First, how much calcium is required to stay healthy? According to the US National Institute of Health, children aged 1-3 need 700mg of calcium per day and ages 4-8 need 1,000 mg per day. Most adults (ages 19-50) need 1,000 mg per day, while ages 9-18 years need the most to support rapidly-growing bones – 1,300mg per day.
Once again, it is cold and flu season. The most common-sense preventive measure is handwashing. The effectiveness of this simple step has been proven for almost 200 years, ever since pioneering British surgeon Dr. Joseph Lister demonstrated that washing your hands with an antiseptic dramatically cut down on surgical infections. Simple soap and water does the trick but I also like alcohol gels, as they work more rapidly and wipe out a larger percentage of viruses and bacteria.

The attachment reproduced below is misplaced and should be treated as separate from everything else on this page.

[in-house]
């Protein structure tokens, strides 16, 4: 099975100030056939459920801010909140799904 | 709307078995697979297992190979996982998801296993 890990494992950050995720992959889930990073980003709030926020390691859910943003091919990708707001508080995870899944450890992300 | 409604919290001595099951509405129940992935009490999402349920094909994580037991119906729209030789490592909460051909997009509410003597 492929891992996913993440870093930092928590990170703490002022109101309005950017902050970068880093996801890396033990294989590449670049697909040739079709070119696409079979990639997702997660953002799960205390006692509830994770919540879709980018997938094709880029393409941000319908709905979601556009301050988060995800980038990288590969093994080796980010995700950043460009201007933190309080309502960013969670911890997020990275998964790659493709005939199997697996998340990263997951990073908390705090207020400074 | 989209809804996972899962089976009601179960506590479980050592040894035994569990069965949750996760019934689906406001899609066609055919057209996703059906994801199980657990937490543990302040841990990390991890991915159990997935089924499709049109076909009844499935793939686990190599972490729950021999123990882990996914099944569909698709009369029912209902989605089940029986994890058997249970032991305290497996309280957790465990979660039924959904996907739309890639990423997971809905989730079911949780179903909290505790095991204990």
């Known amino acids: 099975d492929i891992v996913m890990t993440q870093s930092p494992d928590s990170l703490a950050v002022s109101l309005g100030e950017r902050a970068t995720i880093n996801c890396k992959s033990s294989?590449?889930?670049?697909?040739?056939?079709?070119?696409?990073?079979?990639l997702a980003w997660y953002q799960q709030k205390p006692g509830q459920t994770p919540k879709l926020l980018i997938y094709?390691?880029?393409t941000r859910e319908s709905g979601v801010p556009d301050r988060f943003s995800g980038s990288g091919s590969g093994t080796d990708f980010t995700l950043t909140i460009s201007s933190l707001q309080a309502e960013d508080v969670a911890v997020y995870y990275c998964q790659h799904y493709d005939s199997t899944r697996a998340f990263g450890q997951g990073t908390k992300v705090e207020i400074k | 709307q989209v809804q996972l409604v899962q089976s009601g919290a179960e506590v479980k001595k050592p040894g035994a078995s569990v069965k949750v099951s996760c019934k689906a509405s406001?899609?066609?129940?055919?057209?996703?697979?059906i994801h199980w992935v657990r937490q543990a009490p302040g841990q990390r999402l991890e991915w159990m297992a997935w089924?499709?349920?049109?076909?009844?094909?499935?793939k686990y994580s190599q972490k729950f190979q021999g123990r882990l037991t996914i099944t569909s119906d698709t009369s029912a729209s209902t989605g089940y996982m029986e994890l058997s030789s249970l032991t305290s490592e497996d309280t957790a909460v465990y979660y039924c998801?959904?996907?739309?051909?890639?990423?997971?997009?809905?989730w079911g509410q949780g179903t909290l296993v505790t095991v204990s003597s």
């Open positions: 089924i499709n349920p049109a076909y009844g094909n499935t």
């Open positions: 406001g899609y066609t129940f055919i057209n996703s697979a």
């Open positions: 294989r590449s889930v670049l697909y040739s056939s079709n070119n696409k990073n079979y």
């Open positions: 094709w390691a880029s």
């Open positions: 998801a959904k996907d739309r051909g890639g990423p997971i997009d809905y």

We’re inclined to feel that too much of anything is unhealthy, but exactly how harmful is screen time? By “screen time,” I mean the total time spent on movies, TV shows, iPads, laptops, and more. There’s a lot of research on the topic that may stir up some interesting family discussions (but hopefully not over a TV dinner). Here’s some scary data to munch over:
For each hour of TV that a 5-year-old watches on the weekend, the risk of adult obesity increases by 7 percent.
The 2013-2014 beijingkids Health Guide is the latest resource for Beijing families dedicated to providing information on family health care, maternity, eating and breathing safety, mental health, emergency care and traditional Chinese Medicine. Articles from the guide will be featured twice a week on our website. Find the full version here.